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1. SIT travel anxiety: (full)



I suggest that all travelers suffer travel, anxiety to some degree. Travelers, both domestic and foreign, by definition, leave the comfortable, confident security of their home environment for something unfamiliar: different streets, rules, mannerisms, foods, clothing, etc. 

Foreign travelers, particularly SIT (solo independent travel)’s, confront even greater ‘travel anxiety’ because no tour company or cruise excursion company and has their back.

A foreign country’s culture can vary radically from USA and even more so, between different foreign countries. An American in Europe will feel more comfortable than in Asia because the American culture is a somewhat familiar mishmash of the European. 

    Anecdote: My Egypt Revolution:  I arrived at my Cairo, Egypt hotel on 1st day of Egypt’s “25 January Revolution” as tanks began rolling down the street below my hotel window. I was initially very anxious walking in Cairo’s tank-barricaded streets with soldiers everywhere; bearded men & hijab covered women, both in flowing robes.

PIK K7: revolution Walking its streets, I respectfully smiled, nodded slightly & uttered “As-salamu alaykum” (hello) to those who met my eyes. Women, I was particularly respectful toward for fear of somehow offending. Men responded naturally; women with a subtle gentle nod. 

One group of men seated on a stoop came unglued when in passing,  I politely said ‘As-salamu alaykum’ (hello), en masse they inviting me over to chat for several minutes.

After a few days, I realized my presence attracted very little notice presumably because I was just one of millions of foreign tourists who had traveled through Cairo. 

In Asia, the differences in a culture’s language, history, customs, etc. can be even more dramatic: China vs India vs Bali.

Ironically, it is EXACTLY this anxious uncertainty that’s an exciting solo independent travel benefit, not only testing you, but providing novel, rich experiences. OTOH, it is your knowledge, preparation, experience, character, and prudence that guides & protects you.

I hope my information & personal anecdotes from my experience will aid & protectyour journey.

    TIP: If truly wise, you always have a back door — an escape  strategy. to extricate yourself from a dicey situation.

    Anecdote: China’s Longi Rice Terraces: After a long hike up from 700 yr old Dazhai village across Longi’s rice terraces with few humans in sight…. at the very top, my path encountered an old road. I turned left away from the old road onto what seemed like my ‘continuing’ trail.

I hiked for ¾ mi before I realized I was NOT steadily descending the mountain to my hike’s end at Ping’an village below.

Fortunately, after years of hiking Utah’s deep confusing slot-like canyons I was always aware of my ‘back door” escape route; sometimes placing rocks in an arrow configuration to point the way back. In this case, I could just retrace my trail back to the old road.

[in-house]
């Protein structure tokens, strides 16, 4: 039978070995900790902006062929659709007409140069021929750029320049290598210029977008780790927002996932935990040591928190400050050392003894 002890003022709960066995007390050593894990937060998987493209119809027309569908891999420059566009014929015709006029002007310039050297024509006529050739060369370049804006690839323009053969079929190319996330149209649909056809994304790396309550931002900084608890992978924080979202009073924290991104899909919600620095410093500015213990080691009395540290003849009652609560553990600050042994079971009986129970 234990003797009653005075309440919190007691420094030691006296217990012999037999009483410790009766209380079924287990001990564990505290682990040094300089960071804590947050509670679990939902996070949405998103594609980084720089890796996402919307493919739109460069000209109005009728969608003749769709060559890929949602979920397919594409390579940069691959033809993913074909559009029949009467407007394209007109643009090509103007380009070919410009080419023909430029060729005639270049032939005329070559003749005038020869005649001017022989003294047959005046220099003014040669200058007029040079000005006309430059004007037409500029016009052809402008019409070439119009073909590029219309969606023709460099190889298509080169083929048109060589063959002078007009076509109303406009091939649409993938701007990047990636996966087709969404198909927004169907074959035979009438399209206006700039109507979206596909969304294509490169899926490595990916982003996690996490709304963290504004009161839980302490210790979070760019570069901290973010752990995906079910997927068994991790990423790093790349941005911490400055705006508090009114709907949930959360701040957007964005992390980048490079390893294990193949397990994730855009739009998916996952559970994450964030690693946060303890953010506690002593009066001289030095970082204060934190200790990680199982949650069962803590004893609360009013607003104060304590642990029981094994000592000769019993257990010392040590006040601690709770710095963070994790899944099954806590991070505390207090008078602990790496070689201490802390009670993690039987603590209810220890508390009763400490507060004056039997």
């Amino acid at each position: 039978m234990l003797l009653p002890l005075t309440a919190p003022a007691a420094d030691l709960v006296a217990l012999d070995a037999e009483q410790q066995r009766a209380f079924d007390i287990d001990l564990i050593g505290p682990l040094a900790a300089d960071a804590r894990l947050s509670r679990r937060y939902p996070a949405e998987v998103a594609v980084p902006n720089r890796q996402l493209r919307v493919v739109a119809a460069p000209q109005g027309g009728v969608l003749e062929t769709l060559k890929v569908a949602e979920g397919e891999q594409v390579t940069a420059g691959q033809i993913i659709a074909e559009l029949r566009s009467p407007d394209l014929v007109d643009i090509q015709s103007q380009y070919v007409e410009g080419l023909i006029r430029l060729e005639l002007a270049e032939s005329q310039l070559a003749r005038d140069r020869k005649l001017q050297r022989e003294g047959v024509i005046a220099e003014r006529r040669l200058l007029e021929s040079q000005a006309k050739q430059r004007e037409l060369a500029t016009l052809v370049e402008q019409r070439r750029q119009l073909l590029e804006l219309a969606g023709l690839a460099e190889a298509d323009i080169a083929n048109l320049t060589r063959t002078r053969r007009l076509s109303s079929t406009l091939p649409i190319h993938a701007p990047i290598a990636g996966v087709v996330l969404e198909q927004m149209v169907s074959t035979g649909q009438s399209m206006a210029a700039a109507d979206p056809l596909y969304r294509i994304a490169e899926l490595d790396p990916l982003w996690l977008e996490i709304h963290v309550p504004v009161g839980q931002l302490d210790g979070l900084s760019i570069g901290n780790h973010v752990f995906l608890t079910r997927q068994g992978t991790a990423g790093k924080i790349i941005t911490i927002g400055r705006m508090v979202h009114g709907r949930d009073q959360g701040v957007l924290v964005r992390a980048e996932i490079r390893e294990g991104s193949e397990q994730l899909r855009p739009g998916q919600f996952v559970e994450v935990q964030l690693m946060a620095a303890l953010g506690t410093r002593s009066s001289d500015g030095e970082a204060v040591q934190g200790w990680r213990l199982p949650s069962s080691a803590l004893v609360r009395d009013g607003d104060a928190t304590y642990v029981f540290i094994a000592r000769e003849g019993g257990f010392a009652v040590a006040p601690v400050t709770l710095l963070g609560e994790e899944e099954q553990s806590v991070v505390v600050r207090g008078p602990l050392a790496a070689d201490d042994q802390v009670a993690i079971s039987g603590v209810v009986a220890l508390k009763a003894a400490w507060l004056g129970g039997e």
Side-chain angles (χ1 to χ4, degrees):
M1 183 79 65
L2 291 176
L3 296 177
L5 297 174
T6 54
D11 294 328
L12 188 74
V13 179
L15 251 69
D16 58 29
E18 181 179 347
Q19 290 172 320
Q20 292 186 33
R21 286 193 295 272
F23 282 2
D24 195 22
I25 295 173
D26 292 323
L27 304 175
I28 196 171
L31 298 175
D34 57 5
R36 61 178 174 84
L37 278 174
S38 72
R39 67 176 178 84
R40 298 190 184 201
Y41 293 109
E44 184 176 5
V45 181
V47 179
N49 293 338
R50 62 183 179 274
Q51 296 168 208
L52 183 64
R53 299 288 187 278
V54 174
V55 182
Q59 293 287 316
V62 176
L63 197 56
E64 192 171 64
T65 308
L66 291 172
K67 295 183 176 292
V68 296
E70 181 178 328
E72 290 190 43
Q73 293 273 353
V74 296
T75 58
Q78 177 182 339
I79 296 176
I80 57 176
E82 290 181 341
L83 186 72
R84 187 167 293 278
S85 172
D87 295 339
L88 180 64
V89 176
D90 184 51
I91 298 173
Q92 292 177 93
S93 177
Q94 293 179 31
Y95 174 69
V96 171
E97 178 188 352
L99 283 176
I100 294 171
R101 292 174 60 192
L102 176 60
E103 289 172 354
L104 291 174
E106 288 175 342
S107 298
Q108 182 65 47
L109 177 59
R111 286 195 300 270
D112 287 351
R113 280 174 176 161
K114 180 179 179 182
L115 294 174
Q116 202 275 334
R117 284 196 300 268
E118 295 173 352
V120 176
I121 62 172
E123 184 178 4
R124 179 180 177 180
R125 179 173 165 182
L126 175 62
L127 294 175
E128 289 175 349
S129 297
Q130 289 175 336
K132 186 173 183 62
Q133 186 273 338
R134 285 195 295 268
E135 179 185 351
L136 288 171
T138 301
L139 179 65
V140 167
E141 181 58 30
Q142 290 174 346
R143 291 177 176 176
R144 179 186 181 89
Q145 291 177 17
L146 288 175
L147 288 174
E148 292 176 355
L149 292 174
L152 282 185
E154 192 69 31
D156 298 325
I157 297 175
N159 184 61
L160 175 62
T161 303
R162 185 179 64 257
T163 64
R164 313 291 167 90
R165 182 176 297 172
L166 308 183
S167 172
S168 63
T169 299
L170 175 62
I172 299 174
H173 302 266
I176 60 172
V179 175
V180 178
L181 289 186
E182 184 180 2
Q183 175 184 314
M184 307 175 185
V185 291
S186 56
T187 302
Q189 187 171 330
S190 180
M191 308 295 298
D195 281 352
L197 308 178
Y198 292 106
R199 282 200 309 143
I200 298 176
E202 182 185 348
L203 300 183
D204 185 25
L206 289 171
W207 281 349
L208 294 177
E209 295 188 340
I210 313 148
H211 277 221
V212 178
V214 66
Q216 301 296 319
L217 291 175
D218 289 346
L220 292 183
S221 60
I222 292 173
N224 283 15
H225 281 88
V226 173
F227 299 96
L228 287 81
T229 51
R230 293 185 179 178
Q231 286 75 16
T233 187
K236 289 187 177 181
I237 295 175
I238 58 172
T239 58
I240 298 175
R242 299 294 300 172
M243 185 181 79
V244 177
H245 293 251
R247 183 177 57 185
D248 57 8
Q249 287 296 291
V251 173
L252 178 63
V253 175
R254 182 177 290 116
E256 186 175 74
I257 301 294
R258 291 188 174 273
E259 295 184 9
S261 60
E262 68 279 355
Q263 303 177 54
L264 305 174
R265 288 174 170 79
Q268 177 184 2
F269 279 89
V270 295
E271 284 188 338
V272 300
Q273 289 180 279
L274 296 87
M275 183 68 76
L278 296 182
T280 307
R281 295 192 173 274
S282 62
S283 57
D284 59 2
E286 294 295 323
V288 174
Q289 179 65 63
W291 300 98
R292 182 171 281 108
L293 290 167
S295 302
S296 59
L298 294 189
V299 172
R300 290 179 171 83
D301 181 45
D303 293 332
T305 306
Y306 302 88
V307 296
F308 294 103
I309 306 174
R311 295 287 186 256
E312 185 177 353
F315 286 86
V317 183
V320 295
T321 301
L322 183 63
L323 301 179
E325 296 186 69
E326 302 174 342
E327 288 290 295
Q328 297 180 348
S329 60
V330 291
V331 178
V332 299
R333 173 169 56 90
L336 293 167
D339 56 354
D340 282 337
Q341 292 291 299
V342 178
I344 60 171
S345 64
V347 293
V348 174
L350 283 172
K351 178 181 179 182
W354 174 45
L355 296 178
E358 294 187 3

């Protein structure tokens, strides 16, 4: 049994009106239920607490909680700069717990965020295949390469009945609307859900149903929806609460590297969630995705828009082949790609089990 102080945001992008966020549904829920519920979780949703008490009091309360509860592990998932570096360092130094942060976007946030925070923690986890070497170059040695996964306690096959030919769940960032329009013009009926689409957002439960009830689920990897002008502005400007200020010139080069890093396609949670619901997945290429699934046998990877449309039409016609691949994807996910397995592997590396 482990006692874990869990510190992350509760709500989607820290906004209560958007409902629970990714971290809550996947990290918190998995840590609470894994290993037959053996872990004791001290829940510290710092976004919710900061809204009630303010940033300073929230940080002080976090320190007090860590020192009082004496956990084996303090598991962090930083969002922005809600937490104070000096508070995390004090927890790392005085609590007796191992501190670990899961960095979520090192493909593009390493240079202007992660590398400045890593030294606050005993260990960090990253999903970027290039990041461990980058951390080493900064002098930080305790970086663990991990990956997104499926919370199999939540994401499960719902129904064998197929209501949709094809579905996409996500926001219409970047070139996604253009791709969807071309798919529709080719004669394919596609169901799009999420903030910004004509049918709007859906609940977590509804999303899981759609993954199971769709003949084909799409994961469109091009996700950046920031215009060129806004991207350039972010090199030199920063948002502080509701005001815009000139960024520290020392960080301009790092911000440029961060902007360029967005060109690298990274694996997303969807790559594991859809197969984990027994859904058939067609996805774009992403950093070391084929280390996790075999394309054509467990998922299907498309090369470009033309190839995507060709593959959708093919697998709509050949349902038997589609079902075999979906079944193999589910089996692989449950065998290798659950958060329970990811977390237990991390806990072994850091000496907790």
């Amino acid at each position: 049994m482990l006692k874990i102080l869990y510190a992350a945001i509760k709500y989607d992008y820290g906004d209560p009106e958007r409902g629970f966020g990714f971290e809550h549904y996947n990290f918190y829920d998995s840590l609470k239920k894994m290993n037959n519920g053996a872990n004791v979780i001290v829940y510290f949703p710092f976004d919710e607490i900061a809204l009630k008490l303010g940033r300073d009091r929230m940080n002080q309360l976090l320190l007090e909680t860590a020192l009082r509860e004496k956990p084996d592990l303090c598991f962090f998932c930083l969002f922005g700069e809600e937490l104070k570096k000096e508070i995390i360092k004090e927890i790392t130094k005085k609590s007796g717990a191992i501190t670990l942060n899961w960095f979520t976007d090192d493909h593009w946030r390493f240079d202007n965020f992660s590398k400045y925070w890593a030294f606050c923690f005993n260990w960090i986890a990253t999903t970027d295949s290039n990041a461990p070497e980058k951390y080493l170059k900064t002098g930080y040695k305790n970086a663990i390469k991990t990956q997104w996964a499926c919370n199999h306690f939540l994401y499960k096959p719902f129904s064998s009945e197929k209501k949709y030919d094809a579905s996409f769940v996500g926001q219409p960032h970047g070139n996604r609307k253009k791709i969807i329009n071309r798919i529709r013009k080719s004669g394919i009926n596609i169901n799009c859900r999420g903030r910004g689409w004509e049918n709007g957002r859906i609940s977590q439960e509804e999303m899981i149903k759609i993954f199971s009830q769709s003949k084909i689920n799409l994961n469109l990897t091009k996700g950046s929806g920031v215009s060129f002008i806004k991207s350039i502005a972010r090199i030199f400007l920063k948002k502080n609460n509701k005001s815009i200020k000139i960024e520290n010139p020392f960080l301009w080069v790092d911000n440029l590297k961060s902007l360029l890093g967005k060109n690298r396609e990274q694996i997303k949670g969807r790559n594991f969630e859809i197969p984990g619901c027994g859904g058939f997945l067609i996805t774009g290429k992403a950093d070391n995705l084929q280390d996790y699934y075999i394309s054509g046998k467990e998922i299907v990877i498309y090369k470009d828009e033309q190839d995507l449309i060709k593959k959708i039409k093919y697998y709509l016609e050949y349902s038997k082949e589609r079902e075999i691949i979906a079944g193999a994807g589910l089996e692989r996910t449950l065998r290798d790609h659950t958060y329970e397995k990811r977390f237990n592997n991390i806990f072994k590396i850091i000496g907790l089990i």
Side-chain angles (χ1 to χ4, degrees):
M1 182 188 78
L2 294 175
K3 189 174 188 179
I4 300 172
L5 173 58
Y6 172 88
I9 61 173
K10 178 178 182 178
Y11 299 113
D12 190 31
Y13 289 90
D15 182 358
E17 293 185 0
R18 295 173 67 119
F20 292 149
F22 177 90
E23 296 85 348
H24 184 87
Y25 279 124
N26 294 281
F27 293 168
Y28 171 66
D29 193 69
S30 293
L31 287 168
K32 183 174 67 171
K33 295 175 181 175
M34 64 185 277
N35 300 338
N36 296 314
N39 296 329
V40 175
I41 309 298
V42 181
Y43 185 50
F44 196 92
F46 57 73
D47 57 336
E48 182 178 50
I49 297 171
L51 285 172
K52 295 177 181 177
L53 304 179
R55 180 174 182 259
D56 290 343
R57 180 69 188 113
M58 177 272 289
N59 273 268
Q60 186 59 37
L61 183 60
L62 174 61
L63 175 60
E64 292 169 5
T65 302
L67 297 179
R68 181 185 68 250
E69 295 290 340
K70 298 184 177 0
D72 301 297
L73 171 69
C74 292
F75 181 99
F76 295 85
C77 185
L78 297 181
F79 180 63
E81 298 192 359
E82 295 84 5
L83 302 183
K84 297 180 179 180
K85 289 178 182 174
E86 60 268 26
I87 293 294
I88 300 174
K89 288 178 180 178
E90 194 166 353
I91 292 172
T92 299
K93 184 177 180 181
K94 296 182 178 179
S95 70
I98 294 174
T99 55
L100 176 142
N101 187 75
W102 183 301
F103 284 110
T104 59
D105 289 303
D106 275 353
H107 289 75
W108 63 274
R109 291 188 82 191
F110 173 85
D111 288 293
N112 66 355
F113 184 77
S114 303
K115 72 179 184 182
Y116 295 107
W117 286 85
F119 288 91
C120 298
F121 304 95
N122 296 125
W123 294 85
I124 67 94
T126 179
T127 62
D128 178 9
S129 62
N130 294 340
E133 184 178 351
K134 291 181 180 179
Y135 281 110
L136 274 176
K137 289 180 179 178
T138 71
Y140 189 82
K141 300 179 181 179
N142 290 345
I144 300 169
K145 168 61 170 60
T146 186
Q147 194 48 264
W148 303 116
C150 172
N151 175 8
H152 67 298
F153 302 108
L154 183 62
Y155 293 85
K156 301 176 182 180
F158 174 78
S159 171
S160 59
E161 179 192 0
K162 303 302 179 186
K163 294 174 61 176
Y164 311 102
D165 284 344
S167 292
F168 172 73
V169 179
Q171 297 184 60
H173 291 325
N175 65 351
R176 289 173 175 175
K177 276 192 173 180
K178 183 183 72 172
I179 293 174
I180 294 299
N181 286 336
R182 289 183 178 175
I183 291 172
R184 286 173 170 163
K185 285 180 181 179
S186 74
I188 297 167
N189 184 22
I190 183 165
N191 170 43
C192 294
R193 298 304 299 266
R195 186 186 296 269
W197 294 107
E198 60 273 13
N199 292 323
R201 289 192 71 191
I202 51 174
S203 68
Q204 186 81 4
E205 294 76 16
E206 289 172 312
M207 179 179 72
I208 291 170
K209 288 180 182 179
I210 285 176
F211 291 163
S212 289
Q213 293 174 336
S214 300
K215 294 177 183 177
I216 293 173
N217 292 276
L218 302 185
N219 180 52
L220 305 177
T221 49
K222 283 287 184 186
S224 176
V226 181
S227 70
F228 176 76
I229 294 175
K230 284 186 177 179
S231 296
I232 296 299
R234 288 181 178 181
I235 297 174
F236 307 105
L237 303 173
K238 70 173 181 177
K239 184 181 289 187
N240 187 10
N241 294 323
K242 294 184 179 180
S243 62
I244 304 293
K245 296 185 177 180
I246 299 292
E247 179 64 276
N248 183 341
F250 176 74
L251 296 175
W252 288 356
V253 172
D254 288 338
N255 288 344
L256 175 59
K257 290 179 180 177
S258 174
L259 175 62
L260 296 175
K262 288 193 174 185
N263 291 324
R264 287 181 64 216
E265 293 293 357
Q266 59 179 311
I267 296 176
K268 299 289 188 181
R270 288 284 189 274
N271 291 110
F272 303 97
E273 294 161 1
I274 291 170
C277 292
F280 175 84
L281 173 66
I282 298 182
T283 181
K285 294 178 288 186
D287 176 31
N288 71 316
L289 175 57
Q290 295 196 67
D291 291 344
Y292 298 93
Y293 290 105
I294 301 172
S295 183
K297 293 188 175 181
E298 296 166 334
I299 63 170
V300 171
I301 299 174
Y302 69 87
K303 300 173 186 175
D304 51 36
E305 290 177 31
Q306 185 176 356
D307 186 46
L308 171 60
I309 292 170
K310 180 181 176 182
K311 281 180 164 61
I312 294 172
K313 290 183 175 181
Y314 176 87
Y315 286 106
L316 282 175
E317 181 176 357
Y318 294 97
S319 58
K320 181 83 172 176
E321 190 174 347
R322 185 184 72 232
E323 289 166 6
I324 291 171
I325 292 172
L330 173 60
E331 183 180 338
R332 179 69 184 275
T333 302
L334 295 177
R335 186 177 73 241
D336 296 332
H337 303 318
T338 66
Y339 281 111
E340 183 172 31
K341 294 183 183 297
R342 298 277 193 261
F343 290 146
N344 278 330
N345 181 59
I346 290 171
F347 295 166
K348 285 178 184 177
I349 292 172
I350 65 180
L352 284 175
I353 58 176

Life & travel are very much a balance between danger perceived, & the travel knowledge & experience that reduces those risks.

    A. My Strategy: 

I combat these differing travel anxiety levels (call it what it is —fear) with exhaustive, detailed pre-trip research & planning melded into my detailed Personal Guidebook-like itinerary easily carried in paper form or on my cell phone for instant access.                                     

         1. Research: exposes issues & information critical to your travels: transportation kinds & schedules, available lodging, and location & directions to sites & experiences. Research deep dives into your choice of sites & experiences that makes your visits more impactful & fulfilling. 

Today’s internet dramatically simplifies your travel research, for example:

      a. simply & fully discloses your transportation options including routes etc …. for almost ‘everywhere.’    30 >40 years ago travel agencies guarded this info like some arcane priesthood.

No more — all available, instantly for free. 



     b. & other sites/apps list hostels everywhere; booking & a myriad of hostel specs.
 30>40 years ago I had to rely on terribly outdated guidebooks.(except Rick Steves guidebooks)   

        2. Classic Novels: Finally, I often read 1 or 2 of a nation’s classical novels taking me deeper into its history & culture.

    Anecdote: Japan: Shimazaki Toson’s Before the Dawn :  including the Nakasendo Road.

     B. Two TIPs:

            1) ALWAYS carry hotel name & address written down in your pocket)

            2) If important, like a specific food allergy: ask guide, driver or hotel clerk to write English translation down on paper — keep it simple.

The more you know about a country’s history & culture as well as its travel infrastructure (transportation, foods, lodging), ….  the richer your travel experiences & lifetime memories.AND … the less ‘travel anxiety’ I can almost guarantee you will have.

        Bus & cruise tourists intentionally near totally avoid travel anxiety abdicating all travel’s responsibilities & needs to those corporations.

    Anecdotes...and, by the way --- some SIT travelers I have met:

  1. A young women traveling the world solo on her bike.
  2. A middle aged woman who had been SIT traveling - continuously- for 10 years.
  3. A young man whose litany of countries visited during his 9 month odyssey sounded like he ws reading an atlas’ index. What a lifetime of memories.


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